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Glass Blocks

Glass blocks are non-loadbearing masonry units which are made by molding two sections of glass and bonding them together. The interior of the block is hermetically sealed in order to prevent condensation. Most such blocks allow light to pass through, but they are often designed to distort the view to ensure privacy. Some blocks, however, are relatively transparent, and special blocks have been designed to direct light upward or downward for certain building requirements. Bulletproof blocks have also been developed.

The recommended sizes for glass blocks, always square, are 6 inches, 8 inches, and 12 inches, each with a recommended 1/4-inch mortar joint. Round-ended blocks are also available to cap the sides or tops of block walls. Other sizes and shapes are also available. The mortar-bearing surfaces of the glass blocks have been roughened to accept mortar. An expansion strip is required between the glass block and adjacent material, and liberal use of joint reinforcement is recommended for glass block walls. Partition walls that use rounded-end blocks must have support on three sides of the panel. Metal or plastic spacers shaped like a plus sign are used in some instances to ensure accurate spacing between the glass blocks. These blocks can be used to create curving walls, with the minimum radius depending on the size of the unit being used (Tenenbaum, 1990, pp. 45-46).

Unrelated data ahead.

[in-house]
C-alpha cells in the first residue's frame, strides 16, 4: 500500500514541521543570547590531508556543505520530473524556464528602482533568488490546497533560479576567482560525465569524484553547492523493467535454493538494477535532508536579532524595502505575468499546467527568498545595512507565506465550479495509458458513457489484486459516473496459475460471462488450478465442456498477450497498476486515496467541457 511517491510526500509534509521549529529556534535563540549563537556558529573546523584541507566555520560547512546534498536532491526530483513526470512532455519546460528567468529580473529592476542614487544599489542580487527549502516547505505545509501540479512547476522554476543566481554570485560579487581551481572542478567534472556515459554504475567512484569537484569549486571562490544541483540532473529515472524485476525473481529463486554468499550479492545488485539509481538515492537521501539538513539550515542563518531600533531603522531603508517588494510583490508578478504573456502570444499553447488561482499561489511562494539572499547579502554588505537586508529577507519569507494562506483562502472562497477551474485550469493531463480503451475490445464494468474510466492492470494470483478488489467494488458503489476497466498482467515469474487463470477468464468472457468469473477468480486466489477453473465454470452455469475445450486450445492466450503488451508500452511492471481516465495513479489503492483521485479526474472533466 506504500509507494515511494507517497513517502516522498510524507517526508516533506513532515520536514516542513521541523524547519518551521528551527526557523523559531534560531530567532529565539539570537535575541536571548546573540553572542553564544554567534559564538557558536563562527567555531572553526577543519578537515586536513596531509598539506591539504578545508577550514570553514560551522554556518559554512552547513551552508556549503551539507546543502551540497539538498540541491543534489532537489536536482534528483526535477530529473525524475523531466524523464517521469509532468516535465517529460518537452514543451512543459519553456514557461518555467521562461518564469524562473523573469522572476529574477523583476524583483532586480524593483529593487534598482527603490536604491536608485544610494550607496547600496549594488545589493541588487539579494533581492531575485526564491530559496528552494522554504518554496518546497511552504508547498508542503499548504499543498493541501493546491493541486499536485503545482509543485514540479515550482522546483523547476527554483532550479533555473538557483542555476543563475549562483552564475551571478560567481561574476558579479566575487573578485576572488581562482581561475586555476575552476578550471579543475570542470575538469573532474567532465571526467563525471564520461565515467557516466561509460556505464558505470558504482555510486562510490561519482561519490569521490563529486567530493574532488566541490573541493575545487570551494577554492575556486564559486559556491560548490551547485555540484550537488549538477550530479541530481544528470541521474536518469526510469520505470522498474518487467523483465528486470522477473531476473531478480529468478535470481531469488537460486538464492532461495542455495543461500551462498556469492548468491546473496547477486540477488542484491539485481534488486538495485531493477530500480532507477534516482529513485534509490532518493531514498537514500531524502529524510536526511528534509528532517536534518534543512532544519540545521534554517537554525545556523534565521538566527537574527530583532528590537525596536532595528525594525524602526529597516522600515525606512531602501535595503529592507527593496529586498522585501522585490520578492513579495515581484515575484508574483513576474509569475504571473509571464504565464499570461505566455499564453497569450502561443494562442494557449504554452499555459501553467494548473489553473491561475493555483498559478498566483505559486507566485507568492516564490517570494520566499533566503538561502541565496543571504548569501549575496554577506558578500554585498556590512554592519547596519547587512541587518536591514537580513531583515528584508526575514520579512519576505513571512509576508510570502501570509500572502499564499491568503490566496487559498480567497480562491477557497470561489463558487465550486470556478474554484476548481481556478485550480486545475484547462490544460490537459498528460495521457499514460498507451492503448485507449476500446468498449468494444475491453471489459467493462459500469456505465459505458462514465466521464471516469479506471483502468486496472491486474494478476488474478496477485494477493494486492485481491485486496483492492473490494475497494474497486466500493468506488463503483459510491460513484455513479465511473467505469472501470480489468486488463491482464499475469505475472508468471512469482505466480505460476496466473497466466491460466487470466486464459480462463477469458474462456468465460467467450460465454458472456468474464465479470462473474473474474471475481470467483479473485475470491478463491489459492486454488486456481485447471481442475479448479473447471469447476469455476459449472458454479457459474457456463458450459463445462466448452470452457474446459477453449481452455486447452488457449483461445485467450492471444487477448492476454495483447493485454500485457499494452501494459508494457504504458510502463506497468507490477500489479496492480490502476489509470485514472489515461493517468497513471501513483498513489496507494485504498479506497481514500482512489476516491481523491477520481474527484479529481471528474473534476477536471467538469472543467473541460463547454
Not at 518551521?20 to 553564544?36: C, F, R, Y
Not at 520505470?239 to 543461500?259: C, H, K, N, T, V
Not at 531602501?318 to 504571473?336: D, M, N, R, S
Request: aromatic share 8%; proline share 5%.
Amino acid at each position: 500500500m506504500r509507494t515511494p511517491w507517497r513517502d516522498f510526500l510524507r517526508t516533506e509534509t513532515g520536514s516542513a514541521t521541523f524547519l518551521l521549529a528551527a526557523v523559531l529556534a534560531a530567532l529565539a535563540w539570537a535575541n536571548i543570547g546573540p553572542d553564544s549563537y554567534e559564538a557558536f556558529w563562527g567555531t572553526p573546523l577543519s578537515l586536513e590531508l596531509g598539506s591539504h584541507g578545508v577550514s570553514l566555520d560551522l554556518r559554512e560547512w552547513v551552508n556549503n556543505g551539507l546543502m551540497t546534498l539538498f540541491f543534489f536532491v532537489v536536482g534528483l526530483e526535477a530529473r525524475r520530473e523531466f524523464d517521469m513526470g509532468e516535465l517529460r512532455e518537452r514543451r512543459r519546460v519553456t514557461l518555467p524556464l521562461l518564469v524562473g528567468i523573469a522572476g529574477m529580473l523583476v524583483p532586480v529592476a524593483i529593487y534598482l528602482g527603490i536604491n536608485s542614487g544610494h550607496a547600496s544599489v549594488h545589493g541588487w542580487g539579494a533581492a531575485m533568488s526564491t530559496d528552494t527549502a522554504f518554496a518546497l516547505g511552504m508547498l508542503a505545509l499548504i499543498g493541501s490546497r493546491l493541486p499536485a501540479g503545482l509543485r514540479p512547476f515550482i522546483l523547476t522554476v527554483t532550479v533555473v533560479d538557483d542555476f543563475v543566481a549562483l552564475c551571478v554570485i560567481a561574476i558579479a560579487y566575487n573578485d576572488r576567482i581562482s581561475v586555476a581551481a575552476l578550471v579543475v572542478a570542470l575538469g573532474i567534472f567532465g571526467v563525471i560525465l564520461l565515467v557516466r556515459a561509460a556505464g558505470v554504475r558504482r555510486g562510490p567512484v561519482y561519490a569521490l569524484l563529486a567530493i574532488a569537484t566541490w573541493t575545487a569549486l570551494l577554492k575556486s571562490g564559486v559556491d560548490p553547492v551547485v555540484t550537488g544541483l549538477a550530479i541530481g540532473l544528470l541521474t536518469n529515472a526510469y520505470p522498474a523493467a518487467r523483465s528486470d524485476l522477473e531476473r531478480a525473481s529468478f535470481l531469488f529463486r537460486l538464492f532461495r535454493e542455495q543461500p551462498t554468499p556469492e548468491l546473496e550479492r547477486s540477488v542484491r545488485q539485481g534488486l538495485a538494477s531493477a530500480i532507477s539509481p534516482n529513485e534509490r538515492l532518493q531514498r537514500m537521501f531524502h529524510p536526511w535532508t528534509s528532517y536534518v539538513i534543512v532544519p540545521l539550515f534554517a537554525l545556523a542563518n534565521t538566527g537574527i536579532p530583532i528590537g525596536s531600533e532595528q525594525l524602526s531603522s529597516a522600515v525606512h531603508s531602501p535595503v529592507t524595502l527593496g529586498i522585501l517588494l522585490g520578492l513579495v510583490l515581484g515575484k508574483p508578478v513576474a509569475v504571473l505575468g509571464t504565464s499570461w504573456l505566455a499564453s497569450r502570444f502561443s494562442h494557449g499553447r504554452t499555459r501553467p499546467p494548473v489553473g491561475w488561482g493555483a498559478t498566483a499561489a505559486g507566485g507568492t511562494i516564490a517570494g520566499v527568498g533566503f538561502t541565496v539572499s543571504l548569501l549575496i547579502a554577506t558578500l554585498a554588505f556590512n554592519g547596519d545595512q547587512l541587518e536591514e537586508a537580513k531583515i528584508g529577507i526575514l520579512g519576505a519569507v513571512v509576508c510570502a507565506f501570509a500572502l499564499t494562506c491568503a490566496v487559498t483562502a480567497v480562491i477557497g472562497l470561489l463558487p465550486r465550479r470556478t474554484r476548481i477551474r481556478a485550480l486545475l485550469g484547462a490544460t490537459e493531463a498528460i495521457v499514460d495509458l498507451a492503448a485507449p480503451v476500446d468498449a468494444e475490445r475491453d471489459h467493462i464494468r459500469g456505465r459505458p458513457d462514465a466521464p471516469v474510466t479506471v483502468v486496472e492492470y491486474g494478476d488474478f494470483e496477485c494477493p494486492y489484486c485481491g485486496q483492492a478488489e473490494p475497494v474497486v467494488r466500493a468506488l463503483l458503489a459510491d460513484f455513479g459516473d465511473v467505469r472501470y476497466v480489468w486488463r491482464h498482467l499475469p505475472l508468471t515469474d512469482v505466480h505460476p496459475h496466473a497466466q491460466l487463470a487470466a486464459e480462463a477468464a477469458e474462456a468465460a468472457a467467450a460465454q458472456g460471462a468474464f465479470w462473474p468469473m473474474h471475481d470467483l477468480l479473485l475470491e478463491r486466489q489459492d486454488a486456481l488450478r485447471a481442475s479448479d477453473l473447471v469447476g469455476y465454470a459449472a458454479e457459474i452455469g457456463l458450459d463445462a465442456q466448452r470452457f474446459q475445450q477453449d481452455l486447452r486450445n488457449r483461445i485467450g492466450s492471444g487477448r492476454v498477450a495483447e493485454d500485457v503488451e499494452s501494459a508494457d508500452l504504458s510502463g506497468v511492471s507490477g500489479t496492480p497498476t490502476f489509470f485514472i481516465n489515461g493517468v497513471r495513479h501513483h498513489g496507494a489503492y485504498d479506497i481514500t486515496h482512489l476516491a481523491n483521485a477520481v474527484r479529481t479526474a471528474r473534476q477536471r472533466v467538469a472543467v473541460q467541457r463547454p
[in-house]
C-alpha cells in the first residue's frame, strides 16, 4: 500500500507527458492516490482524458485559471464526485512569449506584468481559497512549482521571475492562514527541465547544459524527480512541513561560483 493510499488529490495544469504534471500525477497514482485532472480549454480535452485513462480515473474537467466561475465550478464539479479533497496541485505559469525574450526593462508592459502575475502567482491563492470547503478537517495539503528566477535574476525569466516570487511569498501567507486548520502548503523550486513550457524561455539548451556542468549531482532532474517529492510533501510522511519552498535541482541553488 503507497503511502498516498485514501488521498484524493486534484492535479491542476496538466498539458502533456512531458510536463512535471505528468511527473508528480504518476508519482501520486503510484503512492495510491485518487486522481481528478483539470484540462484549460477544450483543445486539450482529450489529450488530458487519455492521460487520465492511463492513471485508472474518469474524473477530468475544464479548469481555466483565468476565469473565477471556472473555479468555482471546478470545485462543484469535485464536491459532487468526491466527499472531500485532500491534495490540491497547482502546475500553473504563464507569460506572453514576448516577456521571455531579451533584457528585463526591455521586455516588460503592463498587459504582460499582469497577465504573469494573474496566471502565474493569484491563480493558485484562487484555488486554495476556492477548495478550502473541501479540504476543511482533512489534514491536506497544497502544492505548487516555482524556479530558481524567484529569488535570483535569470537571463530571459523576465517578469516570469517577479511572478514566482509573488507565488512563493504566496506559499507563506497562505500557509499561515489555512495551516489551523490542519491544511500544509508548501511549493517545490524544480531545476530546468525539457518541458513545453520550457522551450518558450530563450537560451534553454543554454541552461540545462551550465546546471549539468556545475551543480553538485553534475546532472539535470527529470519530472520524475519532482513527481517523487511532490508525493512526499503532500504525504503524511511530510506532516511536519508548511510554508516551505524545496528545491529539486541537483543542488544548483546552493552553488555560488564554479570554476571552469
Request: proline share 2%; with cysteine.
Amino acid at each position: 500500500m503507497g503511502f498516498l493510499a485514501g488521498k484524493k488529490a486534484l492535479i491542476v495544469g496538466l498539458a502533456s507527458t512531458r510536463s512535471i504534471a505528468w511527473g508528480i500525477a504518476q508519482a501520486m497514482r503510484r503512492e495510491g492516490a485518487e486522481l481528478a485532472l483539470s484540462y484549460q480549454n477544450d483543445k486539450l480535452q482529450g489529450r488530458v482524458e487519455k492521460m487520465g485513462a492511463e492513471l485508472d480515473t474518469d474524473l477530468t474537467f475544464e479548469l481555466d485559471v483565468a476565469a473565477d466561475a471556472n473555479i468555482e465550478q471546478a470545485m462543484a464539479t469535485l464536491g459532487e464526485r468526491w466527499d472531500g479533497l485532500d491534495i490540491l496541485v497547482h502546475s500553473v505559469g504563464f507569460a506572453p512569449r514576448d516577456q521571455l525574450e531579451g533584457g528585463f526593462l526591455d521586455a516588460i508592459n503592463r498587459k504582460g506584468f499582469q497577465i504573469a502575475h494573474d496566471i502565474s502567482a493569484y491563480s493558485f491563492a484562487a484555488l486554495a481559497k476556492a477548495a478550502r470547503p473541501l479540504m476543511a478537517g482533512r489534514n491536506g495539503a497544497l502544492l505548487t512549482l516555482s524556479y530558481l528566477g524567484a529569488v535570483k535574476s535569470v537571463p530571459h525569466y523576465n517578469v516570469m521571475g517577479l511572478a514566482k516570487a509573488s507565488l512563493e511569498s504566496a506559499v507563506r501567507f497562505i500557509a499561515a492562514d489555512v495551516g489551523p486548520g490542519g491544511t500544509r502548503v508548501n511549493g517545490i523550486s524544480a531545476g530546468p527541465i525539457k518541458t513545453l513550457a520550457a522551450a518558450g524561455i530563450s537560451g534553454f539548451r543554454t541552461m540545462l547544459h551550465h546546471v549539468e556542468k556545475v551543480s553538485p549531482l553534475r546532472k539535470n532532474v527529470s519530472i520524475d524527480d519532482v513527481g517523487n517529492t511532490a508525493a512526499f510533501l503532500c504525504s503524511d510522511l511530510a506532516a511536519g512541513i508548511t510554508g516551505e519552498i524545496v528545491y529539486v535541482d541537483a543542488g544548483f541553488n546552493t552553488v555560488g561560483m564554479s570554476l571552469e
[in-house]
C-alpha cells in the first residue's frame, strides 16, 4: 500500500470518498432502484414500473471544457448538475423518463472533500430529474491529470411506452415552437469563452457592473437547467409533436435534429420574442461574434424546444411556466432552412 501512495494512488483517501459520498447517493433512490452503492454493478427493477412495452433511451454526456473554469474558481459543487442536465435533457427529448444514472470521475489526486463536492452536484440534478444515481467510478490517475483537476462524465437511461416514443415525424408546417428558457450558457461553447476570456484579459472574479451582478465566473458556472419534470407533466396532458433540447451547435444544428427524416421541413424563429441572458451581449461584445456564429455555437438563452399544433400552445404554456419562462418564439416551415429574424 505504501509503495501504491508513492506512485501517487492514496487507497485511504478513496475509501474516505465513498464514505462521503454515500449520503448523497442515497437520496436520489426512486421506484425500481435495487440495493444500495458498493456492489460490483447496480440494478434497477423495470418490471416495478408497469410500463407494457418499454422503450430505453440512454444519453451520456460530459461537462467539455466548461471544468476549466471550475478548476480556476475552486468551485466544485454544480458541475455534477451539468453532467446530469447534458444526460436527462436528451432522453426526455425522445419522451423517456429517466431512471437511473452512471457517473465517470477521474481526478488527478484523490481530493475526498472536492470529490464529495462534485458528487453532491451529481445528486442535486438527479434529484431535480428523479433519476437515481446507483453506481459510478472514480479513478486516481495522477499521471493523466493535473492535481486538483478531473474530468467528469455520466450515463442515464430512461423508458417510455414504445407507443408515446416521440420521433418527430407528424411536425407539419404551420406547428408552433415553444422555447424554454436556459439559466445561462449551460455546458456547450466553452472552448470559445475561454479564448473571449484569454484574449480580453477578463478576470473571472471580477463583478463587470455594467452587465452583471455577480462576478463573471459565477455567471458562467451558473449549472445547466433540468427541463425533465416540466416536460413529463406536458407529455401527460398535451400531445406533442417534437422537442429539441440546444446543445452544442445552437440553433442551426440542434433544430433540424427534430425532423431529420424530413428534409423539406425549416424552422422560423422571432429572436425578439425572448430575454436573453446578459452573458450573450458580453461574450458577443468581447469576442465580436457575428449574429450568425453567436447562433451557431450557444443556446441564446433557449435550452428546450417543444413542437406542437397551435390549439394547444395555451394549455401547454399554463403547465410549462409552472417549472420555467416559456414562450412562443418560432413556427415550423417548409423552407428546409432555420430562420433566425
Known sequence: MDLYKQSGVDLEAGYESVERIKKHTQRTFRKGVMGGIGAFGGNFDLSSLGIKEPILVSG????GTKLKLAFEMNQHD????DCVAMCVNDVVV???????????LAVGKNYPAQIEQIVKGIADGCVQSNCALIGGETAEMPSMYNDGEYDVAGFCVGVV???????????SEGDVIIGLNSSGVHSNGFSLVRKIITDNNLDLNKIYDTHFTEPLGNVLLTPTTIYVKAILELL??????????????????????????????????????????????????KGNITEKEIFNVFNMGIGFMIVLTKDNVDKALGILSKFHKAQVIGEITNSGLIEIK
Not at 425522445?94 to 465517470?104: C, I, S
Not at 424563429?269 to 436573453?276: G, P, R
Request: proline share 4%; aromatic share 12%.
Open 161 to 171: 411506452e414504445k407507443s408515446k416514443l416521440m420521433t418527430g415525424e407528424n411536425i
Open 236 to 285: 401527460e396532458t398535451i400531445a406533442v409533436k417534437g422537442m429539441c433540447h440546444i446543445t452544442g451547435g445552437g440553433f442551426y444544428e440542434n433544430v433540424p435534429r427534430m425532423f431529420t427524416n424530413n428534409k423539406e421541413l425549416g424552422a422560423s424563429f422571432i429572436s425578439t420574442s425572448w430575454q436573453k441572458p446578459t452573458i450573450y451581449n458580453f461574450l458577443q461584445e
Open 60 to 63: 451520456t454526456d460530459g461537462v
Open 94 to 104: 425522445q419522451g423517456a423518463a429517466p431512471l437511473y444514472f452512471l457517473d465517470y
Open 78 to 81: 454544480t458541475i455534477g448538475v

Block walls can be used in the entry way, bedroom, kitchen, bathroom, and indeed in any room of the house where a partition or designed wall is desired. Glass blocks are sold today as a means of providing a positive seal to keep out the dust and the dirt, a means of reducing cleaning and housekeeping requirements. These walls are also practical to reduce street noises and to muffle room-to-room noises. These block walls also provide insulating efficiency equal to double-pane thermal windows. This is done without drafts. One result of this is a red...

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Glass Blocks. (1969, December 31). In Retrieved 01:56, December 02, 2020, from